On June 12, 1962, sixty young activists met in Port Huron, Michigan, to draft a manifesto for their generation. The document they produced, The Port Huron Statement, helped spark a dramatic rebirth of the left in America--and ignited a decade of dissent. In this book, James Miller vividly re-creates the turbulent history of the people and ideas that shaped the New Left, and America, during the 1960s.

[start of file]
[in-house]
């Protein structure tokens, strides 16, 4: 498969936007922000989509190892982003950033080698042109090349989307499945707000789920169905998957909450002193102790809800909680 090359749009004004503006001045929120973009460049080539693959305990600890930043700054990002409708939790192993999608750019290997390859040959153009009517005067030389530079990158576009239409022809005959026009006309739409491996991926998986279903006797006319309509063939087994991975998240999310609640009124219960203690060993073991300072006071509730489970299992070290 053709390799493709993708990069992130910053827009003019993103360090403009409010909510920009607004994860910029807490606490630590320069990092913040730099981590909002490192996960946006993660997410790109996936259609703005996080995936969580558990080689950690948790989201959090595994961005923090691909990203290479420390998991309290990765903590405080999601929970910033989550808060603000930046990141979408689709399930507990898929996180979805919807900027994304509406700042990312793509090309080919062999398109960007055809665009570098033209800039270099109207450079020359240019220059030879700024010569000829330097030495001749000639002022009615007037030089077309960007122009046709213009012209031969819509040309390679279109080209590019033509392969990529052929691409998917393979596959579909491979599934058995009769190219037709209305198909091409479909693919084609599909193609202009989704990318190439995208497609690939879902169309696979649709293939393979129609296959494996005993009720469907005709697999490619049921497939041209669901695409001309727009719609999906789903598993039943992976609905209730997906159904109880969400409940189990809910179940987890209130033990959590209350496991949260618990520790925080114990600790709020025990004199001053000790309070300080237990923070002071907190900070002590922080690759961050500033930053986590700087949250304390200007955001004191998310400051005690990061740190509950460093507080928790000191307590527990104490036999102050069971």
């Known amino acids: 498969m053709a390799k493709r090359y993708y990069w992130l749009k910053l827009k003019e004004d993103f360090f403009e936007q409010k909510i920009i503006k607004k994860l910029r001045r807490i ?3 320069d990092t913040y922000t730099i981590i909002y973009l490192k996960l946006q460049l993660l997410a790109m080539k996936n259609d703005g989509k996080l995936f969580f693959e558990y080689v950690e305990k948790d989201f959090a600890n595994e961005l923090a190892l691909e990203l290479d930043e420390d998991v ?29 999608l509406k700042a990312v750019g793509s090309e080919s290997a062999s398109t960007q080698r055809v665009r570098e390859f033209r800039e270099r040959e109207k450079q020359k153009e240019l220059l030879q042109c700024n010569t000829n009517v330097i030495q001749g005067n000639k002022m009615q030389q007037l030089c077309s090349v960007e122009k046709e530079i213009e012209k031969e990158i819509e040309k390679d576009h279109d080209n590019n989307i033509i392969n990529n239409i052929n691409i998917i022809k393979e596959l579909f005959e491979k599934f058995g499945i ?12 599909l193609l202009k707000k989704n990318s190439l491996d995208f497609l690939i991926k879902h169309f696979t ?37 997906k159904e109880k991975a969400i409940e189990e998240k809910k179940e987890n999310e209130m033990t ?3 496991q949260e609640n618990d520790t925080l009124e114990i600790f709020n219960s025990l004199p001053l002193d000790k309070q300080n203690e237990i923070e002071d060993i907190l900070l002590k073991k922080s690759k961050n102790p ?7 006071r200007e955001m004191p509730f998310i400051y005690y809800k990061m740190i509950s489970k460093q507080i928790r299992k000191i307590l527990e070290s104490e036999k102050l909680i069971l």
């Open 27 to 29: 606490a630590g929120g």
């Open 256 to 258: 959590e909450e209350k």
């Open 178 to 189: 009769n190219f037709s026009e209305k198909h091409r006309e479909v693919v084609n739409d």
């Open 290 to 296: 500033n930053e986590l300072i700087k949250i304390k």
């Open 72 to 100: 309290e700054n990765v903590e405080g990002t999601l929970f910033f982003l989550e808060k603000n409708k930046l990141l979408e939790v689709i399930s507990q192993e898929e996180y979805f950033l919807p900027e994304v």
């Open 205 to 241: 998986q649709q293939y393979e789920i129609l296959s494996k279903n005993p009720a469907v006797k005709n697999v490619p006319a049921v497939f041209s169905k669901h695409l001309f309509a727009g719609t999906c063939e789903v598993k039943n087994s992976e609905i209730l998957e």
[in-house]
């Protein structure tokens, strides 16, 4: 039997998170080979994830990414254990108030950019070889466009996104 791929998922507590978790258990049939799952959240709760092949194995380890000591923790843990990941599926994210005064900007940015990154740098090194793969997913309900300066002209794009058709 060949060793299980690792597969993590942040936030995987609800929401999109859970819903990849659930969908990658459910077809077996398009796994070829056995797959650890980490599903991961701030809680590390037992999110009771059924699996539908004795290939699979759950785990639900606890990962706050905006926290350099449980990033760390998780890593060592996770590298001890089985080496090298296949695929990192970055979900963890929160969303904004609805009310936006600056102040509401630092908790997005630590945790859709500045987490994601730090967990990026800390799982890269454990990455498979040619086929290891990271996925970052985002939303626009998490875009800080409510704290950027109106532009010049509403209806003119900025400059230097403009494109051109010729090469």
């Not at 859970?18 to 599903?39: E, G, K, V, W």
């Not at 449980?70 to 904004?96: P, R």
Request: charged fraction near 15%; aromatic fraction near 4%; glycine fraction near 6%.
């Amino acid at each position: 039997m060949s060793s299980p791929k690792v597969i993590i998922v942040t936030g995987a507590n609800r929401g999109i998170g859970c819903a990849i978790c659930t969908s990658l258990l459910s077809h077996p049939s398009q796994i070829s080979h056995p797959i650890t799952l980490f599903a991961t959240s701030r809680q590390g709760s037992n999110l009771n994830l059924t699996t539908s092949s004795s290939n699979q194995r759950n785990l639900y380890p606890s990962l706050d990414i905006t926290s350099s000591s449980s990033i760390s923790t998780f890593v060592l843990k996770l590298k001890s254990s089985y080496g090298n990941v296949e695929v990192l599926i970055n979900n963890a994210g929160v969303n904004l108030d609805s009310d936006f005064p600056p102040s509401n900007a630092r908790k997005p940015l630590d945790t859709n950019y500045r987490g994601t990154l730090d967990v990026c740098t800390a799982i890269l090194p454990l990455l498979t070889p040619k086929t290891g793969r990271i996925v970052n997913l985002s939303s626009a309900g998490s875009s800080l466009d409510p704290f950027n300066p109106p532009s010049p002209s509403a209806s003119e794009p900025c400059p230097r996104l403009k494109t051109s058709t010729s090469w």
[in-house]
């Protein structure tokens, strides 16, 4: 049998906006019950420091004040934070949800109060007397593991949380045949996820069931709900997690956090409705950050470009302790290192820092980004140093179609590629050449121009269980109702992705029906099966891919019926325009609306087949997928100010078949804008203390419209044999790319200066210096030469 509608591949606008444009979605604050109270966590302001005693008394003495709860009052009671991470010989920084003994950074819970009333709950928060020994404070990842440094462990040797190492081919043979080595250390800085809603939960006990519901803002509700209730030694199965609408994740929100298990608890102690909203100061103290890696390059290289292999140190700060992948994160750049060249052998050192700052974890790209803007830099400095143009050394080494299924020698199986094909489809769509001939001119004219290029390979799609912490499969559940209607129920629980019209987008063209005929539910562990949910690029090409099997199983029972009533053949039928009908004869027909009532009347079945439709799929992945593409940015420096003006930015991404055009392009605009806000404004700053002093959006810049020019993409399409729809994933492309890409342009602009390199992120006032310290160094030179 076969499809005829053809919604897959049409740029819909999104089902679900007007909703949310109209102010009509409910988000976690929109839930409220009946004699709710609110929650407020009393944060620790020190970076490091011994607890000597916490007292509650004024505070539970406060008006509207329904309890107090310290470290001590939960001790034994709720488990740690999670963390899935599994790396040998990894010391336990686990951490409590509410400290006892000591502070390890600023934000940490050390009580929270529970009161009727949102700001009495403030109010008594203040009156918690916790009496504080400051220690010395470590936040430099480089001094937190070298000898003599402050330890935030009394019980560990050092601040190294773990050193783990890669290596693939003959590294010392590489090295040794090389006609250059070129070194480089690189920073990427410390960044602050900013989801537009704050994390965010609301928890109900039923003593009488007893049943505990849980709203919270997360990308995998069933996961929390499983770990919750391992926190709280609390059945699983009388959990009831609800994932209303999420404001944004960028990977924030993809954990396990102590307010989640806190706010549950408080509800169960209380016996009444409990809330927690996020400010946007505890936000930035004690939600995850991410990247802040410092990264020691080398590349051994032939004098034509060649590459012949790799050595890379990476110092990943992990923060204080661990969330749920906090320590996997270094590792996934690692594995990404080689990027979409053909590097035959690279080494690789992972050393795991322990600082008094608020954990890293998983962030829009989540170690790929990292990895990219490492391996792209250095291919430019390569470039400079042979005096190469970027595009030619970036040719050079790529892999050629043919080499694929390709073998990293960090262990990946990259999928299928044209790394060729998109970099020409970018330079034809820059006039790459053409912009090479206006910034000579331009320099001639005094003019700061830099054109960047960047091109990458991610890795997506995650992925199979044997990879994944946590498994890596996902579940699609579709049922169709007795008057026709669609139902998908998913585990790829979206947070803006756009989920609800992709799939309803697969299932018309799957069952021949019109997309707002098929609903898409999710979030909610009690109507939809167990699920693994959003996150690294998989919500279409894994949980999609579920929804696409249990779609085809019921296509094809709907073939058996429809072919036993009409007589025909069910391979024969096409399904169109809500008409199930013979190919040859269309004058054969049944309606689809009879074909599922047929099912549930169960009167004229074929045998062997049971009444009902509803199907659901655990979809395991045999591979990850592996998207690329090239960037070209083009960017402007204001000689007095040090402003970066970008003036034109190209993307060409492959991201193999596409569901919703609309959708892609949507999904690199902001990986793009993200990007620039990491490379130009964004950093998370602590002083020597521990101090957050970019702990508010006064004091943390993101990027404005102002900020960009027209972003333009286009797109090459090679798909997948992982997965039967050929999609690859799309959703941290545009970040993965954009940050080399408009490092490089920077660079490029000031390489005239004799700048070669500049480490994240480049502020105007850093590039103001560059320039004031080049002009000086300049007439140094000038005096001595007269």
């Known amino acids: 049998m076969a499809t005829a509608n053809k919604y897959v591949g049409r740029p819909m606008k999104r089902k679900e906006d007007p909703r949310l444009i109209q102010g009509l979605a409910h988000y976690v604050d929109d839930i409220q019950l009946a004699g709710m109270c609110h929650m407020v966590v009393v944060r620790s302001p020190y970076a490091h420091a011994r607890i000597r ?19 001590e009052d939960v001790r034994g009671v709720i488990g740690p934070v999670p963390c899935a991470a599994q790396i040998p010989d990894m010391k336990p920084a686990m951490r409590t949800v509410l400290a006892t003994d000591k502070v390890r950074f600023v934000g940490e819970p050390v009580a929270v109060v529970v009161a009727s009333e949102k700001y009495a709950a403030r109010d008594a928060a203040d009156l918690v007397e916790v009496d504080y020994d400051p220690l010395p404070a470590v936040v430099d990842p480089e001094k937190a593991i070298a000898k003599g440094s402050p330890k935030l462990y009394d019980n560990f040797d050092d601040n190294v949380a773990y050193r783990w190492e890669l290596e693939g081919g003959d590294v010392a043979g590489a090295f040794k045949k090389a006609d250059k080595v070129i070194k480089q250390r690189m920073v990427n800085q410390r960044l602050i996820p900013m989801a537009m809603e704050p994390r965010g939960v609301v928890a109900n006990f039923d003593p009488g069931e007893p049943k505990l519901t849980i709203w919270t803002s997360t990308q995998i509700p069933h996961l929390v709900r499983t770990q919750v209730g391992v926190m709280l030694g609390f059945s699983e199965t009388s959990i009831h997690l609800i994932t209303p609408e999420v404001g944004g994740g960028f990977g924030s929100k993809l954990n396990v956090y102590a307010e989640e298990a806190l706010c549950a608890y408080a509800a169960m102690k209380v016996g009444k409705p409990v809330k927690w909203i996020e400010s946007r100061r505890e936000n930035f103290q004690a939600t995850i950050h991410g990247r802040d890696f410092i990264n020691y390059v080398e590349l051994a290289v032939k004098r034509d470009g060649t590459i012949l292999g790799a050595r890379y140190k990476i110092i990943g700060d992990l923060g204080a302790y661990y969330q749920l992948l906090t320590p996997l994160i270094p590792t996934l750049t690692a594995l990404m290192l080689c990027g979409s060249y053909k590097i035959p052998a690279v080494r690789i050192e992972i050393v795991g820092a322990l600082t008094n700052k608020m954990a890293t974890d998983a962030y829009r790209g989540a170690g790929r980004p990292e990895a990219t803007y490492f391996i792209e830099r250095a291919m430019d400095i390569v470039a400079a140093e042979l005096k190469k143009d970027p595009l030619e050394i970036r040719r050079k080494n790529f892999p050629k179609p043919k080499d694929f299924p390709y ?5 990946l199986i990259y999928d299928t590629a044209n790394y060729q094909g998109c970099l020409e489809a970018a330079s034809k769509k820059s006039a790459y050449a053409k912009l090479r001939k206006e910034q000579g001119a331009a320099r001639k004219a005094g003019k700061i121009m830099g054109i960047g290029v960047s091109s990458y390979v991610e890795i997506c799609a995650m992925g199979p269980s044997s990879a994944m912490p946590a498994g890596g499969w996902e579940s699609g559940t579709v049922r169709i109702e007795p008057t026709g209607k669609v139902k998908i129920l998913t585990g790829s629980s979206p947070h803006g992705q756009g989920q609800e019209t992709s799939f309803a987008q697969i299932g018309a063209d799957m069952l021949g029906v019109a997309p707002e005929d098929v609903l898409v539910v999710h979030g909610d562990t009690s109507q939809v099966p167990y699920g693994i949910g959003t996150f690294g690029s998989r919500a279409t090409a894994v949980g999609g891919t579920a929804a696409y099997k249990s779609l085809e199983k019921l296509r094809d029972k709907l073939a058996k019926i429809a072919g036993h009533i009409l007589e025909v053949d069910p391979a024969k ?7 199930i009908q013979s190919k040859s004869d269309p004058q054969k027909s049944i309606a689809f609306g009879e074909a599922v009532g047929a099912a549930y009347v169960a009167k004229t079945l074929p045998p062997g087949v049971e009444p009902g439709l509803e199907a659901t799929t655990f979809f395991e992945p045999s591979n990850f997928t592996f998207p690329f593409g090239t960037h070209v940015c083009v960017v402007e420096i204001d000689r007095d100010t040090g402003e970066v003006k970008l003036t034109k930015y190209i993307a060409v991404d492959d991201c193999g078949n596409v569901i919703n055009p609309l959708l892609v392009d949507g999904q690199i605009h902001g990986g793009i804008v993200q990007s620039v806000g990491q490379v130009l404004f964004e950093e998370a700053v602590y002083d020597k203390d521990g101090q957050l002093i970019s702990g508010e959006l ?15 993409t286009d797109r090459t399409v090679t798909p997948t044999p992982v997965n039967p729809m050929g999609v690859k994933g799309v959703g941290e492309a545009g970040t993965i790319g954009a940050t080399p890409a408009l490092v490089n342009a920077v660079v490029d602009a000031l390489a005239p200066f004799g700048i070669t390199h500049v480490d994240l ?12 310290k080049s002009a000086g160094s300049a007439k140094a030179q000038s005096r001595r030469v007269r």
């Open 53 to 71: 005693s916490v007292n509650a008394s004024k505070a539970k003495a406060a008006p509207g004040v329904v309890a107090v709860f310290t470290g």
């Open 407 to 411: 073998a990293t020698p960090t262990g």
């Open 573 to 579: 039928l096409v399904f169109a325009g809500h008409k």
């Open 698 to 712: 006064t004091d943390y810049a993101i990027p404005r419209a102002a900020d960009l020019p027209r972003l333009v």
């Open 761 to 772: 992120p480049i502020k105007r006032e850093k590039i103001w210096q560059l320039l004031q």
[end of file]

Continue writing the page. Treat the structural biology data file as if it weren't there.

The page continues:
Focusing on politics and philosophy as well as personalities, Miller chronicles the careers of both the most publicized radical leaders and the less well known theorists and activists of the decade: C. Wright Mills, the sociologist who became the prophet of the powerless to a generation of students; Al Haber, the reluctant visionary who became the first president of Students for a Democratic Society; Richard Flacks, the intellectual who combined theory and practice in a new strategy for the American left; Sharon Jeffrey, who walked her first picket line at the age of five and whose dreams of community organizing took her from the campus to the inner city; Paul Booth, the precocious organizer of the first march on Washington to protest the Vietnam War; and Tom Hayden, the charismatic anti-leader whose personal odyssey--from voter registration in the segregated South to the riots in the Newark ghetto, from his trip to North Vietnam to his conspiracy trial after the siege of the 1968 Chicago convention--mirrored the con